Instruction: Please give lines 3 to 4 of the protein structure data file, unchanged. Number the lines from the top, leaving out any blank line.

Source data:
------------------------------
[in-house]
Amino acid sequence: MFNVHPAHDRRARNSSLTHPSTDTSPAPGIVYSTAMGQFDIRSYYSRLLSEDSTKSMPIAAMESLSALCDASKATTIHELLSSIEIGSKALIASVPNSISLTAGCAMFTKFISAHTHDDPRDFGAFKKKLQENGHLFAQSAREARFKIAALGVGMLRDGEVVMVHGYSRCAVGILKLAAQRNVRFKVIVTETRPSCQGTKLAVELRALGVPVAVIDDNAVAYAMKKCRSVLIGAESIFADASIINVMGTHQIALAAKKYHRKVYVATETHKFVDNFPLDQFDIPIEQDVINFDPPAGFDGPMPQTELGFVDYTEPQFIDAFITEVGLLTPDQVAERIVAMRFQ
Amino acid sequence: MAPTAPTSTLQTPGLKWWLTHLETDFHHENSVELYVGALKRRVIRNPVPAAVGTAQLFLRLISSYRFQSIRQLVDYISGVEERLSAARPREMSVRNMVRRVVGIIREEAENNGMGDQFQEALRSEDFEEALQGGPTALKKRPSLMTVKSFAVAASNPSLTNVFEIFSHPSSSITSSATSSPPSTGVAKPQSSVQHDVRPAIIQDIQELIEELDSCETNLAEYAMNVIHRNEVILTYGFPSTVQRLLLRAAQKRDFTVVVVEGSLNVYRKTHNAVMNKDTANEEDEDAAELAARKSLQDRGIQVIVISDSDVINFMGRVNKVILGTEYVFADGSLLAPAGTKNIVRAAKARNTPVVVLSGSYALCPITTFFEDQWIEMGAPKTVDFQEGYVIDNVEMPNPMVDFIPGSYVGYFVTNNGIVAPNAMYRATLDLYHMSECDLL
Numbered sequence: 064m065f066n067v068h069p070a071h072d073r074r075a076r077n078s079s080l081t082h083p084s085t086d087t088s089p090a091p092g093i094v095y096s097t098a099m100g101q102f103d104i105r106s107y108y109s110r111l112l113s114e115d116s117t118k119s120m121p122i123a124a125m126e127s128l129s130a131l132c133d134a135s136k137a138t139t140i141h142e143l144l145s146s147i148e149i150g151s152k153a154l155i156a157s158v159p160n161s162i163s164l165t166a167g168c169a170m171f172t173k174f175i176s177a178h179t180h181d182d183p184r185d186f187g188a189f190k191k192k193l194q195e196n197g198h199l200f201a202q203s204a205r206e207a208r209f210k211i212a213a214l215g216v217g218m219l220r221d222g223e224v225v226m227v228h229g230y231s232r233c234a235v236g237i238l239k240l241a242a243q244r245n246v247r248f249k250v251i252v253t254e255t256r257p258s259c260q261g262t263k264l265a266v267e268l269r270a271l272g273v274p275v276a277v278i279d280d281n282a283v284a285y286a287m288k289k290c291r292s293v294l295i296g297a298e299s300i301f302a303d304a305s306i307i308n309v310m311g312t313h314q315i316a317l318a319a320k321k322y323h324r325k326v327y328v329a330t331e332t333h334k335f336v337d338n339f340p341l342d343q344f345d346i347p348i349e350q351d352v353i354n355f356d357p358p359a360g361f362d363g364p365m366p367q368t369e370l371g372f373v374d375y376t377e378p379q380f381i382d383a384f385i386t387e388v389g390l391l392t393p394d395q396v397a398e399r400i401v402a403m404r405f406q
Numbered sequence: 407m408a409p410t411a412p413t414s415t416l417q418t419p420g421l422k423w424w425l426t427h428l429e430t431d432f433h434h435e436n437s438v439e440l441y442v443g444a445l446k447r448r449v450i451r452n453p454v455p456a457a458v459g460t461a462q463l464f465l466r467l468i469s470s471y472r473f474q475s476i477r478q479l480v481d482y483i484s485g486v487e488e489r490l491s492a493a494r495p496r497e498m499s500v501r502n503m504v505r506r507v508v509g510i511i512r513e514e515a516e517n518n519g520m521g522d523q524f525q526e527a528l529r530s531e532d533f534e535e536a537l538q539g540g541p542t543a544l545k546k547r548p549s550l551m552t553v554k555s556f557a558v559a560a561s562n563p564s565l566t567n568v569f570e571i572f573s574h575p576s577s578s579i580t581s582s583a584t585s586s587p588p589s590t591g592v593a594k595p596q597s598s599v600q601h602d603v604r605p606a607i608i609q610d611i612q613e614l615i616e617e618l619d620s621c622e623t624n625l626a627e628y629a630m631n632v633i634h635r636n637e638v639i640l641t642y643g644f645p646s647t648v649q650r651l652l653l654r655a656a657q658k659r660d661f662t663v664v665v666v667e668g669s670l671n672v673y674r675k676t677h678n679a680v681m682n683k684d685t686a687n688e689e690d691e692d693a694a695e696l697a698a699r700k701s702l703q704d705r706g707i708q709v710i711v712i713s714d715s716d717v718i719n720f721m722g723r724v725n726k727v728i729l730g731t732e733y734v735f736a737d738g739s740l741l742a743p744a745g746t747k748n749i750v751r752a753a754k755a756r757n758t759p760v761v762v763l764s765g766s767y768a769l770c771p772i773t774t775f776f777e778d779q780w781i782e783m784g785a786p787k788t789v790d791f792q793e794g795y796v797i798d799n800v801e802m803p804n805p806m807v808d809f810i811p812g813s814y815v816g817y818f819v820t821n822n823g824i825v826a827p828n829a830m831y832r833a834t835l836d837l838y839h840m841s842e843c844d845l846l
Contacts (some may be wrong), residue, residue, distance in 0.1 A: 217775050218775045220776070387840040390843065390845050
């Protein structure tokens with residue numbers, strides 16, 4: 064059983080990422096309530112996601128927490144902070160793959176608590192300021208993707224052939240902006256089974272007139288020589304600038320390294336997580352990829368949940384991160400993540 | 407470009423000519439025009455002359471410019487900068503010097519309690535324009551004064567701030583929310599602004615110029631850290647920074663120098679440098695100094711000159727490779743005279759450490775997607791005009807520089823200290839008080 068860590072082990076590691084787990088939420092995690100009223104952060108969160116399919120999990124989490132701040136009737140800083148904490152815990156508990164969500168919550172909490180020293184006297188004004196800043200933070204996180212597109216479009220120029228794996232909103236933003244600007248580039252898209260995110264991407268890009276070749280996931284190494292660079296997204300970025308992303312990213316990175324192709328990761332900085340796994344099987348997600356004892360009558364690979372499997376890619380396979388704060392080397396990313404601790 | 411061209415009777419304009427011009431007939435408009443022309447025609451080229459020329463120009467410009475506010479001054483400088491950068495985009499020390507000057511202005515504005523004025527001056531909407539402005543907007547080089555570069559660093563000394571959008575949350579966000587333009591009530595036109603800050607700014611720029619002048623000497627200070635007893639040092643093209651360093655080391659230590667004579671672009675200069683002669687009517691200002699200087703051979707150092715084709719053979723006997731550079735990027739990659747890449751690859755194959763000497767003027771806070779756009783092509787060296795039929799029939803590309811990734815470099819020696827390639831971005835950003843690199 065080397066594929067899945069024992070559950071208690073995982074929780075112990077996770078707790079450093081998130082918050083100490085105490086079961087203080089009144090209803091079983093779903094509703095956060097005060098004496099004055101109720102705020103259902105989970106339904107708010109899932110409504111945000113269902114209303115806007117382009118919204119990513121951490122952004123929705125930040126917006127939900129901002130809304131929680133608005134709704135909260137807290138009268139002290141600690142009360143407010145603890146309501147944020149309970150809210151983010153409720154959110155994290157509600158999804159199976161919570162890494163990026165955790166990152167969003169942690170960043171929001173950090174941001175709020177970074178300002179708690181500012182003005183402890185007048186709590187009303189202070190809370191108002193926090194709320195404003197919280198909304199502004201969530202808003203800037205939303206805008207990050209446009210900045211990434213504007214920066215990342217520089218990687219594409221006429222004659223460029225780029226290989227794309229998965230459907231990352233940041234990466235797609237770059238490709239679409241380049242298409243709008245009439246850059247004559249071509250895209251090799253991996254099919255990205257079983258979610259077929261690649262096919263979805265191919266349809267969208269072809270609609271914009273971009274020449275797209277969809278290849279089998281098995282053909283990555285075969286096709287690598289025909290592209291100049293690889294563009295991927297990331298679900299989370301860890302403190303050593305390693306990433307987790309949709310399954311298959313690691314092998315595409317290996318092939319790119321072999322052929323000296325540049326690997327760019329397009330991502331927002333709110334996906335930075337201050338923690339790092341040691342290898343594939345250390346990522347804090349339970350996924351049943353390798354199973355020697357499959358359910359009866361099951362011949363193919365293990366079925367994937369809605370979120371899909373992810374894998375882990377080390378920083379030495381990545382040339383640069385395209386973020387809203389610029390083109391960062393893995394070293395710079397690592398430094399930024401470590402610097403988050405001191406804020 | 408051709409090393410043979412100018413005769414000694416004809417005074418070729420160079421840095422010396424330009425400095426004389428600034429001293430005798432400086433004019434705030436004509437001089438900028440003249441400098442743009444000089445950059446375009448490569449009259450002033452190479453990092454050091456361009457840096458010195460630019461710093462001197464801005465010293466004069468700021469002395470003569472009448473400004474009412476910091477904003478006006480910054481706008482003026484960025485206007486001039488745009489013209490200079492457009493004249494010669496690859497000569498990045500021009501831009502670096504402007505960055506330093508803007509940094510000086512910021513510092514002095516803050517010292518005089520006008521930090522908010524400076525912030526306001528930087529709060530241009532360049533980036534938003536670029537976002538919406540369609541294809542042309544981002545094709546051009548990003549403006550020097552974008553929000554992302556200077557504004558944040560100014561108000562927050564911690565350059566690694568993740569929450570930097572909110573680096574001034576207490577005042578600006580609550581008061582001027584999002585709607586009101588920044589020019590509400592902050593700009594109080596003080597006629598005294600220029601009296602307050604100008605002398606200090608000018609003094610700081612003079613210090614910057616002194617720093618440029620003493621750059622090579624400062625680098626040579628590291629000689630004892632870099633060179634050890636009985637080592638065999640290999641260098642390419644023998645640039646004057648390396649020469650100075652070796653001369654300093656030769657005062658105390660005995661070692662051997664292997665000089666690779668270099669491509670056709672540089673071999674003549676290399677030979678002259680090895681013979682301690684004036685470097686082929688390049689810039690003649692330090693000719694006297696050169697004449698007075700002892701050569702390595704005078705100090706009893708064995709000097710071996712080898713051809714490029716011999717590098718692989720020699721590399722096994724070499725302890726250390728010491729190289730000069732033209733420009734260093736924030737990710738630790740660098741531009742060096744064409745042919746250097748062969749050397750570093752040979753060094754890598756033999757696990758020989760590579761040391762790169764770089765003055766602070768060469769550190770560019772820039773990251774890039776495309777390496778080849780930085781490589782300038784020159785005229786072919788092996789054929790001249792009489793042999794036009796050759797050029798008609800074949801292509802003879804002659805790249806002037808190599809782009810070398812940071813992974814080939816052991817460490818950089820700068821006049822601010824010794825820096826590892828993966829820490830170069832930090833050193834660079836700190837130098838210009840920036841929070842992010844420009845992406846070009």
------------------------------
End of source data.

Amino acid sequence: MAPTAPTSTLQTPGLKWWLTHLETDFHHENSVELYVGALKRRVIRNPVPAAVGTAQLFLRLISSYRFQSIRQLVDYISGVEERLSAARPREMSVRNMVRRVVGIIREEAENNGMGDQFQEALRSEDFEEALQGGPTALKKRPSLMTVKSFAVAASNPSLTNVFEIFSHPSSSITSSATSSPPSTGVAKPQSSVQHDVRPAIIQDIQELIEELDSCETNLAEYAMNVIHRNEVILTYGFPSTVQRLLLRAAQKRDFTVVVVEGSLNVYRKTHNAVMNKDTANEEDEDAAELAARKSLQDRGIQVIVISDSDVINFMGRVNKVILGTEYVFADGSLLAPAGTKNIVRAAKARNTPVVVLSGSYALCPITTFFEDQWIEMGAPKTVDFQEGYVIDNVEMPNPMVDFIPGSYVGYFVTNNGIVAPNAMYRATLDLYHMSECDLL
Numbered sequence: 064m065f066n067v068h069p070a071h072d073r074r075a076r077n078s079s080l081t082h083p084s085t086d087t088s089p090a091p092g093i094v095y096s097t098a099m100g101q102f103d104i105r106s107y108y109s110r111l112l113s114e115d116s117t118k119s120m121p122i123a124a125m126e127s128l129s130a131l132c133d134a135s136k137a138t139t140i141h142e143l144l145s146s147i148e149i150g151s152k153a154l155i156a157s158v159p160n161s162i163s164l165t166a167g168c169a170m171f172t173k174f175i176s177a178h179t180h181d182d183p184r185d186f187g188a189f190k191k192k193l194q195e196n197g198h199l200f201a202q203s204a205r206e207a208r209f210k211i212a213a214l215g216v217g218m219l220r221d222g223e224v225v226m227v228h229g230y231s232r233c234a235v236g237i238l239k240l241a242a243q244r245n246v247r248f249k250v251i252v253t254e255t256r257p258s259c260q261g262t263k264l265a266v267e268l269r270a271l272g273v274p275v276a277v278i279d280d281n282a283v284a285y286a287m288k289k290c291r292s293v294l295i296g297a298e299s300i301f302a303d304a305s306i307i308n309v310m311g312t313h314q315i316a317l318a319a320k321k322y323h324r325k326v327y328v329a330t331e332t333h334k335f336v337d338n339f340p341l342d343q344f345d346i347p348i349e350q351d352v353i354n355f356d357p358p359a360g361f362d363g364p365m366p367q368t369e370l371g372f373v374d375y376t377e378p379q380f381i382d383a384f385i386t387e388v389g390l391l392t393p394d395q396v397a398e399r400i401v402a403m404r405f406q